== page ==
“Apple Inc engineers have been working since 2005 to reinvent TV viewing. Designing the gadget may prove easy compared with convincing media and cable companies to loosen their grip on the television industry,” Adam Satariano and Alex Sherman report for Bloomberg. “This battle is nothing like Apple’s previous forays into the music and mobile phone spheres, when the maker of iPods and iPhones negotiated with weakened record labels and a fractured wireless industry. Now the stakes are even higher and the competition tougher.”

“Apple is vying with the likes of Google Inc., Microsoft Corp. and Amazon.com Inc. to make TVs the digital hub of people’s lives in an industry projected to reach $200 billion worldwide by 2017,” Satariano and Sherman report. “Whoever wins must first strike deals with media companies or cable providers who have little incentive to cede valuable revenue streams. The result: Apple won’t be releasing a new TV product this year, as analysts had predicted, said a person familiar with the company’s plans.”

Satariano and Sherman report, “In recent negotiations, the main stumbling blocks with cable companies have included a tussle for control over the software that determines the screen interface — the look and feel of the viewer’s experience, said people familiar with the discussions… Apple and cable providers have also diverged on whether a new Apple TV set-top box should be sold directly to customers or leased through cable providers, said people familiar with the talks.”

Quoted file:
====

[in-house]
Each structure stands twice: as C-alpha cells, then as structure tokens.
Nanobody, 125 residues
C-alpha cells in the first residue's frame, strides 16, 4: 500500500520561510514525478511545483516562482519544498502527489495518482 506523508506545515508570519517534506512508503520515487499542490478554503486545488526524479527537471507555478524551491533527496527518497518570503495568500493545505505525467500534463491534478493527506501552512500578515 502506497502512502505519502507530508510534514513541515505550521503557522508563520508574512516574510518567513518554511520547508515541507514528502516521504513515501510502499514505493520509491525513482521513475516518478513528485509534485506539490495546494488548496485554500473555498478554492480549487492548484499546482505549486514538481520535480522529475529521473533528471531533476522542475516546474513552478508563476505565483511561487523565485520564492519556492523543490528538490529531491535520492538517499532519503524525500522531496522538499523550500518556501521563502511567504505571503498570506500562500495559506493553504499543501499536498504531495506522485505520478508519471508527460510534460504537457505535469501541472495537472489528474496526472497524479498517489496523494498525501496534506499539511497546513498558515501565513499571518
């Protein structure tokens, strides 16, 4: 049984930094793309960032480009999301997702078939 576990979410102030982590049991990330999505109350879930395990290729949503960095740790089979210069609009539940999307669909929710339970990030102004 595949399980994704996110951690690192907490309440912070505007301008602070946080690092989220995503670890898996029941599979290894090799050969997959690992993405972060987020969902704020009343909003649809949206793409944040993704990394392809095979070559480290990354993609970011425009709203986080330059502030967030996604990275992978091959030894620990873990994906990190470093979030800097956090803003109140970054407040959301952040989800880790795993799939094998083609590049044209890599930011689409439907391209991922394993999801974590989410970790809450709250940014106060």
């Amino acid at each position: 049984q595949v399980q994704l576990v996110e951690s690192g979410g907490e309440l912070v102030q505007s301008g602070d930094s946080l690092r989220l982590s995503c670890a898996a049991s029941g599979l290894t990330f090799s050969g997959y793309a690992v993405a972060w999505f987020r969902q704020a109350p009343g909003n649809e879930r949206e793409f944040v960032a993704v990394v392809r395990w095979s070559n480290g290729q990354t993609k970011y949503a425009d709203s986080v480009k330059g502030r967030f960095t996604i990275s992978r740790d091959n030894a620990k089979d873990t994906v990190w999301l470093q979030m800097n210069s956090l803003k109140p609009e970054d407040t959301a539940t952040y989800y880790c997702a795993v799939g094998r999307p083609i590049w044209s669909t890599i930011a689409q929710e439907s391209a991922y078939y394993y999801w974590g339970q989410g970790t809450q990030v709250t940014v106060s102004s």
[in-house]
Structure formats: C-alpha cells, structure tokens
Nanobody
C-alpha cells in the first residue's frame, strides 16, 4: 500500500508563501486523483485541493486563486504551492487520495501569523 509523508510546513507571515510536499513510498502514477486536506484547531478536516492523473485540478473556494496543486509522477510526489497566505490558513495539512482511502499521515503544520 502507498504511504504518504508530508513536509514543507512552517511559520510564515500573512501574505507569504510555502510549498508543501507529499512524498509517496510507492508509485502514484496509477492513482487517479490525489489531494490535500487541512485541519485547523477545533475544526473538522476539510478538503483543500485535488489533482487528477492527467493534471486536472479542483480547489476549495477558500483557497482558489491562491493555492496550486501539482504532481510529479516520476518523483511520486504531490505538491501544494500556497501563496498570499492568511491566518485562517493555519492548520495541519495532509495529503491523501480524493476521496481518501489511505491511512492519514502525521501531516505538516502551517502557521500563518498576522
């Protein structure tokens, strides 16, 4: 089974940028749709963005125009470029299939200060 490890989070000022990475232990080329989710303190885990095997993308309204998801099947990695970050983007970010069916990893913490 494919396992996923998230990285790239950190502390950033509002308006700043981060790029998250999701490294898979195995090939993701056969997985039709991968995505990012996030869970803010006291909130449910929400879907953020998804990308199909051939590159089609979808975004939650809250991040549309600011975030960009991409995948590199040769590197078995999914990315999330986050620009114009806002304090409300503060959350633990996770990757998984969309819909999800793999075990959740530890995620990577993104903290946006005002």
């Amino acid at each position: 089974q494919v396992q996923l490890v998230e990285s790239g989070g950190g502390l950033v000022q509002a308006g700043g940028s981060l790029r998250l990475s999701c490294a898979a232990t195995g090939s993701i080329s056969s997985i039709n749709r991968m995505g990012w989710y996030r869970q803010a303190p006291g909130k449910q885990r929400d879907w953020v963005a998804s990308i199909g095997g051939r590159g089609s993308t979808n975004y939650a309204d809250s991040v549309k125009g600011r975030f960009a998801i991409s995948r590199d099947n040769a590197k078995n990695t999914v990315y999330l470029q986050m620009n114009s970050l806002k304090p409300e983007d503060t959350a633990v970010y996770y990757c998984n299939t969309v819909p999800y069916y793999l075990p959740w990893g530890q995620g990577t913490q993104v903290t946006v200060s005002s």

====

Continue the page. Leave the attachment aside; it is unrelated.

“Since the middle of the last decade, Apple’s engineers have been working on a more advanced product to allow viewers to quickly find shows and movies, blending both live and recorded material, the people said. It would recommend content based on interests and work seamlessly with Apple’s family of other devices. An iPhone or iPad would double as a remote control, the people said… Apple is furthest along negotiating with Time Warner Cable Inc., said the people familiar with the talks. Yet even if Time Warner Cable agrees to a deal with Apple, it wouldn’t represent a radical change for customers, who would still pay their monthly cable bill.”

Satariano and Sherman report, “Apple may be looking to Time Warner Cable to be its first partner in a similar way that AT&T Inc. helped bring the iPhone to market, one person said. This [regional rollout] would be a departure from Apple’s traditional strategy of releasing products nationally. Time Warner Cable, like all cable companies, only operates in certain regions. Los Angeles and New York City are its largest markets. Under this thinking, Apple would then expand the service if it proves successful, one person said.”

Tons more in the full article – recommended – here.